This release comes with both a lossless DTS-HD MA 5.1 and a DTS-HD 2.0 track. Both sound good, but the 5.1 adds a little more immersion from the rear speakers, but not by much. This is indeed a front-heavy track, for the most part, but it's well balanced. Sound effects are robust and full, with some added heft from the bass that kicks in when engines run or when Beverly kills her victims. Knife stabs, glass breaking, and takedowns sound great here with some good directionality.
Ambient noises of people talking the courtroom as well as camera flashes sound good from the rear speakers. The score and music of the film always add to the comedy and silliness of the picture without drowning out other aspects. The dialogue is clear and easy to follow, and free of any pops, cracks, hiss, or shrills, leaving this audio presentation with great marks.
All of the extras are from previous releases with the exception of one extra, which has John Waters, Kathleen Turner, and Mink Stole having a talk about the movie.
NEW: In Conversation With Director John Waters, Actress Kathleen Turner and Actress Mink Stole (HD, 35 Mins.) - This is the sole new extra here with the three sitting down on a couch, discussing making the film. It's very funny, light-hearted, and has some great information and anecdotes from the film. A great watch here.
Audio Commentary #1 - John Waters and Kathleen Turner give a fun and informative commentary track here as they discuss each scene. They talk about the script, the satire, the characters, the actors, and working together. It's a great track.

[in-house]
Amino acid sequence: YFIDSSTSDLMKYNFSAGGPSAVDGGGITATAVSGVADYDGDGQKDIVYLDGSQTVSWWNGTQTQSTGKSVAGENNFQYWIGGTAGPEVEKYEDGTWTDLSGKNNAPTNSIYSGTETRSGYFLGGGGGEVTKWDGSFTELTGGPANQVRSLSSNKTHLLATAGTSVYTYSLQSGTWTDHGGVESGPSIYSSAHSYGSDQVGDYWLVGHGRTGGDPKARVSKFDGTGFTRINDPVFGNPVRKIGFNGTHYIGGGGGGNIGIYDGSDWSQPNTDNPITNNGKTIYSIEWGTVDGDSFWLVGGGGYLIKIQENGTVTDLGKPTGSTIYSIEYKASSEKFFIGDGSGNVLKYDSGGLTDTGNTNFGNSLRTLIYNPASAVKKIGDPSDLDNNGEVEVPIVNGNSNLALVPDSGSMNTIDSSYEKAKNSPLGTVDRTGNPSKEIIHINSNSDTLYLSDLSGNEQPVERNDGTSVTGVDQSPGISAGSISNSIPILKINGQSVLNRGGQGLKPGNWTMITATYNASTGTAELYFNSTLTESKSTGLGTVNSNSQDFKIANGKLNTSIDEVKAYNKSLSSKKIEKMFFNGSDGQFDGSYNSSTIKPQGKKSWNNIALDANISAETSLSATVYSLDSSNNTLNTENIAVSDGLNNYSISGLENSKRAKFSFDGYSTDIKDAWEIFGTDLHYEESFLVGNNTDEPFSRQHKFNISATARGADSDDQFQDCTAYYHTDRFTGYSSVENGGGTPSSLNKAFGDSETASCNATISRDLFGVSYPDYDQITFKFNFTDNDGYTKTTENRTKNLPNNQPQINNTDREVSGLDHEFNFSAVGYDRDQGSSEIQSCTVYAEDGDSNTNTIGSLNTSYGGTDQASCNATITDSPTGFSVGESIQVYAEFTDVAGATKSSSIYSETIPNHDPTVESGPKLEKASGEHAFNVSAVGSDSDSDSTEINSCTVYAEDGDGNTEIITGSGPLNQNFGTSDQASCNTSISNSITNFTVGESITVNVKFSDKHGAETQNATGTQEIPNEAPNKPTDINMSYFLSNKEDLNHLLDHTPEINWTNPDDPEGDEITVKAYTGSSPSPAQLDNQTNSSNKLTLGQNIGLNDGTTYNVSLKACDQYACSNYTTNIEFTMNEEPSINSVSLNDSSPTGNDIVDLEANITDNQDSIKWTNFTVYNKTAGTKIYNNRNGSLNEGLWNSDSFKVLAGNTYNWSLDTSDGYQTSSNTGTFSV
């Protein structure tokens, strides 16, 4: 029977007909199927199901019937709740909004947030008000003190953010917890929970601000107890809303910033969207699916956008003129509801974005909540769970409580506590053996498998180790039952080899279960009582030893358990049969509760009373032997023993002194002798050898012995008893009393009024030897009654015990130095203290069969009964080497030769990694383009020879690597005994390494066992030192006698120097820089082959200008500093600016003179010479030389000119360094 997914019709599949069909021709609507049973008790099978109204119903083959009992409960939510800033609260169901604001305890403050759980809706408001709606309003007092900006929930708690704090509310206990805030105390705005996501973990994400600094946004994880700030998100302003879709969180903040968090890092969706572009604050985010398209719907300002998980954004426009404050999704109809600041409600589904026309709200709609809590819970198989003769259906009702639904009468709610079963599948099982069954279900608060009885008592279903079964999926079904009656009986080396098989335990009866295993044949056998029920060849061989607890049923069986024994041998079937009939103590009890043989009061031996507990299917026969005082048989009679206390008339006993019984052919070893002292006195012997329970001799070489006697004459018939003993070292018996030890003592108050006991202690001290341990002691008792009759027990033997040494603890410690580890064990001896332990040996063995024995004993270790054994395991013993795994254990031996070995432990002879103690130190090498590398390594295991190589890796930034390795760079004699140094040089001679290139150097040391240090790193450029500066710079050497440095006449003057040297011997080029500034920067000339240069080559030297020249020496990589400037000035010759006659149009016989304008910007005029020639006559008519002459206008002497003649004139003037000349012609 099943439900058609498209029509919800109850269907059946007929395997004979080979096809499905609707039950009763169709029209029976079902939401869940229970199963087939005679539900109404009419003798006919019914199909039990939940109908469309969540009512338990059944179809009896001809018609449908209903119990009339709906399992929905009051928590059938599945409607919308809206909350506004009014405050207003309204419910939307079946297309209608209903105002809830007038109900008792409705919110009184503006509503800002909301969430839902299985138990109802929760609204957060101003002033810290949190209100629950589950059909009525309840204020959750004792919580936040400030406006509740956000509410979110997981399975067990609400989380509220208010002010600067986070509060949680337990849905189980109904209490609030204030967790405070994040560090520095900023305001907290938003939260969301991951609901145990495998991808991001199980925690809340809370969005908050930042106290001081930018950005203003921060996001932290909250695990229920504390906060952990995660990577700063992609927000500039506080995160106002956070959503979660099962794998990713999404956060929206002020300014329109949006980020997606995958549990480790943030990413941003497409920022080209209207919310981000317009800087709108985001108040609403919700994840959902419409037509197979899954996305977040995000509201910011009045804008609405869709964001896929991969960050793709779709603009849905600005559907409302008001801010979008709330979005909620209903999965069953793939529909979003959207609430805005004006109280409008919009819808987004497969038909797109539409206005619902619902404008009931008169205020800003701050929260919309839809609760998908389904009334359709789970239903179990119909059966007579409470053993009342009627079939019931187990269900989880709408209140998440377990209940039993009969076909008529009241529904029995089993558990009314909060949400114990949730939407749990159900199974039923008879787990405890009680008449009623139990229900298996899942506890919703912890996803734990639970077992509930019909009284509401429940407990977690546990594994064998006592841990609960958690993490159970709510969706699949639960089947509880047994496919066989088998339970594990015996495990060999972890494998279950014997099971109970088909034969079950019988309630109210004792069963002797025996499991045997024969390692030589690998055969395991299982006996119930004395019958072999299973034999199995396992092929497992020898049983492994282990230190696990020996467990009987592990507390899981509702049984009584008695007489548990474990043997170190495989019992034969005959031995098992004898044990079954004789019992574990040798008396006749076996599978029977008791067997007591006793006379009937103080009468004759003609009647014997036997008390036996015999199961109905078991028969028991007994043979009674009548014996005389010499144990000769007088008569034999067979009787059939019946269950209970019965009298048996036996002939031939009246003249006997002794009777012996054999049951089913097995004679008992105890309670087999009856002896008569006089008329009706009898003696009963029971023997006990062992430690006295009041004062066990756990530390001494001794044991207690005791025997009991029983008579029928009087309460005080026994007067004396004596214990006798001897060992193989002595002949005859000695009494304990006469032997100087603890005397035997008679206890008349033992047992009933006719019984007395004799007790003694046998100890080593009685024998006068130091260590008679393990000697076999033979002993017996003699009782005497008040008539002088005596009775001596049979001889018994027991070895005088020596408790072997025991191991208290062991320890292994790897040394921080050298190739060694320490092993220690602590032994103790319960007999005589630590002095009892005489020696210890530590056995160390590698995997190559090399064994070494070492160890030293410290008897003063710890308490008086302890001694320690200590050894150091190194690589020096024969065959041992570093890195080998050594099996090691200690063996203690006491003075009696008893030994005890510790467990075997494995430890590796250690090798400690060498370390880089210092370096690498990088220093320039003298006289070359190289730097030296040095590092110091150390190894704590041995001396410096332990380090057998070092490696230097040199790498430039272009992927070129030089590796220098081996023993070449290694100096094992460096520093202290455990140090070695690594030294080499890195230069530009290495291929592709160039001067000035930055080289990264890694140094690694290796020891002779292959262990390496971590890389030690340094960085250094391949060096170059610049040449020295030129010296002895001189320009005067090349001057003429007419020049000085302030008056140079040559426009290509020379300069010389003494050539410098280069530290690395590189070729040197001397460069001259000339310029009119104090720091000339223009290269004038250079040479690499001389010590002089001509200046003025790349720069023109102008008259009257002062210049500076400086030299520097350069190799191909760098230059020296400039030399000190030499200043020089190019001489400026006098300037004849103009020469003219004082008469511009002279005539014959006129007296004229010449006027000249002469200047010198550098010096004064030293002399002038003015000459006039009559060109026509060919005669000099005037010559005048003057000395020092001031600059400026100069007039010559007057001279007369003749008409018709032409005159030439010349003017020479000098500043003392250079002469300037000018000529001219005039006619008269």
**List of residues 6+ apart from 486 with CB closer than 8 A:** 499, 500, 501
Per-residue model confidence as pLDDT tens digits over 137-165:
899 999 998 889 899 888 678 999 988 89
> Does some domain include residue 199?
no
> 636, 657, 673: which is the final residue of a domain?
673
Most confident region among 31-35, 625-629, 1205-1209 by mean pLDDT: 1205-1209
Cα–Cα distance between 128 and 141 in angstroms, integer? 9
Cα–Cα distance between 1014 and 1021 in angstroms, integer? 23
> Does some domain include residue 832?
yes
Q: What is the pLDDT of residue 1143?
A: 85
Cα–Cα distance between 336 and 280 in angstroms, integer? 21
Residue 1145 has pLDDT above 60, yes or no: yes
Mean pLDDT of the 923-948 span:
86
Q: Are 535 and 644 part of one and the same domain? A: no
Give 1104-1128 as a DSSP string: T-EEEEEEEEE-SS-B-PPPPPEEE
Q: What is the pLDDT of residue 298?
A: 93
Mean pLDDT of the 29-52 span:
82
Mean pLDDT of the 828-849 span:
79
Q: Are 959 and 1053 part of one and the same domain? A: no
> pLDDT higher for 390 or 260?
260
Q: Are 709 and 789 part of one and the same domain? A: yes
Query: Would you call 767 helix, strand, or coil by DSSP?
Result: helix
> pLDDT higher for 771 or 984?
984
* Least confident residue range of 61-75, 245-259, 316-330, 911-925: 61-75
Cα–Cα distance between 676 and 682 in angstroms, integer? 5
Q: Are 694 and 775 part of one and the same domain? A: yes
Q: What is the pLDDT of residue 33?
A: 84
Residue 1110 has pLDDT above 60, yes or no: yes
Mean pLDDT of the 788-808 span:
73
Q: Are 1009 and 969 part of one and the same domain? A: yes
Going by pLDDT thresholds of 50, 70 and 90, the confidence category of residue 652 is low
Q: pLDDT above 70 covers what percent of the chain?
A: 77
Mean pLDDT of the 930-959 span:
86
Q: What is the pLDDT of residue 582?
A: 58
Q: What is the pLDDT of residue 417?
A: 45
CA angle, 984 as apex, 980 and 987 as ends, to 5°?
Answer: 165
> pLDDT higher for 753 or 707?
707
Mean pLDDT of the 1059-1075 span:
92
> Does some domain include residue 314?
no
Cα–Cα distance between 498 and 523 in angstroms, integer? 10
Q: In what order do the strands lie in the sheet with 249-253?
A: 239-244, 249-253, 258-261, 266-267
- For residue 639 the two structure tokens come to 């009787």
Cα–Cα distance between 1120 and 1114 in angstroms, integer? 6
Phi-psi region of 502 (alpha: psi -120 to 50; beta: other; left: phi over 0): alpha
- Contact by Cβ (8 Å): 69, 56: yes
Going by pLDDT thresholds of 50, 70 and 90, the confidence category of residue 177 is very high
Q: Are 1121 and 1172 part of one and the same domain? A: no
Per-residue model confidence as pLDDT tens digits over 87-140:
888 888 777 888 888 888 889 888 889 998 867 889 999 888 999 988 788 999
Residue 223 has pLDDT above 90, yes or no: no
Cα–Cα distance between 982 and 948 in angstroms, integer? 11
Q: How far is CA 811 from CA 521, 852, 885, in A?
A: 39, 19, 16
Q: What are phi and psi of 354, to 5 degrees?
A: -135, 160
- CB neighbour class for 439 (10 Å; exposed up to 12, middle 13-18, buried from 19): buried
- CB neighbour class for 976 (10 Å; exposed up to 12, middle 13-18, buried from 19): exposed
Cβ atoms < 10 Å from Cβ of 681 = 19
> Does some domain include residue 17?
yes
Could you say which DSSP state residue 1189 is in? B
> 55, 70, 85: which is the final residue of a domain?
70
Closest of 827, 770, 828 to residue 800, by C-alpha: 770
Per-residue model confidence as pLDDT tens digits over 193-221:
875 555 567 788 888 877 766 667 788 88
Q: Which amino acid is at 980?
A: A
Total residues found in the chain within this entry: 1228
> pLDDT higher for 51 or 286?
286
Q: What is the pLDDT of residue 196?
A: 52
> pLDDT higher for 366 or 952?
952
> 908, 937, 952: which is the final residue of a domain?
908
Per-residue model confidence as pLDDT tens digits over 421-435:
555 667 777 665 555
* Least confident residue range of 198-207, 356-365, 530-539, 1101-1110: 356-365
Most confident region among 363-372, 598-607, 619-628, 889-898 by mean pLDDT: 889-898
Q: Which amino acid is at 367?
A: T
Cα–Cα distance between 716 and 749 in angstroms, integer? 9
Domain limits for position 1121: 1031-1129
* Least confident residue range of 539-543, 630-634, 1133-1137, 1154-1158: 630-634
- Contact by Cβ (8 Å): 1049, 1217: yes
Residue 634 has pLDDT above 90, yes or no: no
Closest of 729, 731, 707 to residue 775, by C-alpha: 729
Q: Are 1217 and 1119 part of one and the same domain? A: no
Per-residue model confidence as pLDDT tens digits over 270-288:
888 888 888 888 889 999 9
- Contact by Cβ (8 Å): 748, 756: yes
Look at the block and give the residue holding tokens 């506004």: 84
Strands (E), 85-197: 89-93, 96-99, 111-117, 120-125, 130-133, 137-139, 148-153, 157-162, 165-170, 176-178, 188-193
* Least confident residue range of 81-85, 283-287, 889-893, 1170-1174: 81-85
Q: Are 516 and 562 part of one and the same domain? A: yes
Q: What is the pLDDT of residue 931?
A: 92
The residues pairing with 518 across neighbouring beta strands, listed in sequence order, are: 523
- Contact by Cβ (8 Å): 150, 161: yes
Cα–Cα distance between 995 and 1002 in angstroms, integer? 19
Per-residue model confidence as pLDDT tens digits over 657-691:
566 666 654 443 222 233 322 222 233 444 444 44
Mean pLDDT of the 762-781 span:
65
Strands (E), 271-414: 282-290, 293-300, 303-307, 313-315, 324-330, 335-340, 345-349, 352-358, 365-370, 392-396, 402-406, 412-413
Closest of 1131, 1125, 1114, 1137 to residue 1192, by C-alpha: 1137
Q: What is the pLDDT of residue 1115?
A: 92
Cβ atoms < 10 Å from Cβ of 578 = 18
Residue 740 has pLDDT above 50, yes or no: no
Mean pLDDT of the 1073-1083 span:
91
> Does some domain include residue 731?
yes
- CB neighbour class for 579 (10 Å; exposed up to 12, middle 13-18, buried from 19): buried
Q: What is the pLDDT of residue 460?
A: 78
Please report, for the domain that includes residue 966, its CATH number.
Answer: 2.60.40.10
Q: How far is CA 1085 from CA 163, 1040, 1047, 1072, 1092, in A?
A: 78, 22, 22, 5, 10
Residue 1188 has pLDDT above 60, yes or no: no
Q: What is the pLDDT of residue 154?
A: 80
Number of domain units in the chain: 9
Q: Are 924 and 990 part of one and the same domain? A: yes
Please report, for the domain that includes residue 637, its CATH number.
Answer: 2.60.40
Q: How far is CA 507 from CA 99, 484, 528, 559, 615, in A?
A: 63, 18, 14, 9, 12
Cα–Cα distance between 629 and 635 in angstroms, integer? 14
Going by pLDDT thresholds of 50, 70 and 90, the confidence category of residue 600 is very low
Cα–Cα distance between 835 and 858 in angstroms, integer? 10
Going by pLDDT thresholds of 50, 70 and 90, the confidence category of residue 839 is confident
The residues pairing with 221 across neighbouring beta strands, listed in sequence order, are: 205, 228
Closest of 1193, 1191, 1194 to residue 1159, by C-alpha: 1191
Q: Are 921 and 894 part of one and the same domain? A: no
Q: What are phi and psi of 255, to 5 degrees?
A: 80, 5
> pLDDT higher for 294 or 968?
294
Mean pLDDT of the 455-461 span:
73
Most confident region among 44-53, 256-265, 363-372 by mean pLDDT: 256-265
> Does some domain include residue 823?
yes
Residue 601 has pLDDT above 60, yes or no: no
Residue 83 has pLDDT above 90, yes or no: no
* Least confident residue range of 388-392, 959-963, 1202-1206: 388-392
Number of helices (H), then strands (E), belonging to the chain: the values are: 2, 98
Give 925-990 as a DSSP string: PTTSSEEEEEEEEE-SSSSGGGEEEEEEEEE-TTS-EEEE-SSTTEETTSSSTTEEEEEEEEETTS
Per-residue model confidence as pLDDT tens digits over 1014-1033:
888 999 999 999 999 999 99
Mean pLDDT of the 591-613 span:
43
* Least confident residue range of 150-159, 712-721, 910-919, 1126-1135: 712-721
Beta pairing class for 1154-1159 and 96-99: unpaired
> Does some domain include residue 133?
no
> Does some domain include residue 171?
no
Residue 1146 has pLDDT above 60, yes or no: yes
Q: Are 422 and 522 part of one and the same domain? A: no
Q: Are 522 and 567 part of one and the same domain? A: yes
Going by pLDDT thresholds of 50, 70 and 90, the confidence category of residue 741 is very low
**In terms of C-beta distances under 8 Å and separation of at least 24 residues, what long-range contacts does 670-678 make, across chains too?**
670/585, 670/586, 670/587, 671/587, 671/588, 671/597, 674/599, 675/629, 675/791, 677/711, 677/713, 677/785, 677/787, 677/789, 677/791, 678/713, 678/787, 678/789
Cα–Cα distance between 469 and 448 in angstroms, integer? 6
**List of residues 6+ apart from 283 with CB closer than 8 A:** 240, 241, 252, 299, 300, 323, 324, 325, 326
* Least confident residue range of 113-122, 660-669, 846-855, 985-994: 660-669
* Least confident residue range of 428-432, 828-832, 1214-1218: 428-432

Audio Commentary #2 - This one features just John Waters and has more technical details as well as some more information and his own thoughts on the political and social climate of the film. A great listen as well.
The Making of Serial Mom (SD, 6 Mins.) - This is a promo piece with cast and crew interviews and behind the scenes footage of the film. Standard EPK stuff here from 1994.
Serial Mom: Surreal Moments (HD, 29 Mins.) - John Waters and the entire cast minus Kathleen Turner talk about making the film, the comedy of the story and working with John Waters. Quite fun to see everybody remember the fun shoot.
The Kings Of Gore: Herschel Gordon Lewis and David Friedman (HD, 12 Mins.) - This talks about John Waters' love of the movie Blood Feast, which is in Serial Mom and how it influenced him.
Trailer (HD, 3 Mins.) - Trailer for the film.
Serial Mom is a fun, energetic, violent, and charming film all rolled into one leg of lamb. Waters delivers his famous brand of humor, satire, and wit here with amazing performances by Kathleen Turner and the rest of the cast. This is one film that still holds up and holds true to today's current social climate. John Waters was then and still is now ahead of the curve.
Although this Collector's Edition doesn't feature a new video transfer, it still looks very good and includes a great audio presentation. There is one new extra on this release, with the rest being imported from previous releases, but all are worth watching for sure.
Although Beverly Sutphin would never approve of this Blu-ray or review, it comes Recommended for anyone who has not yet seen the film, for fans who don't already own Serial Mom on Blu-ray, or for John Waters completists.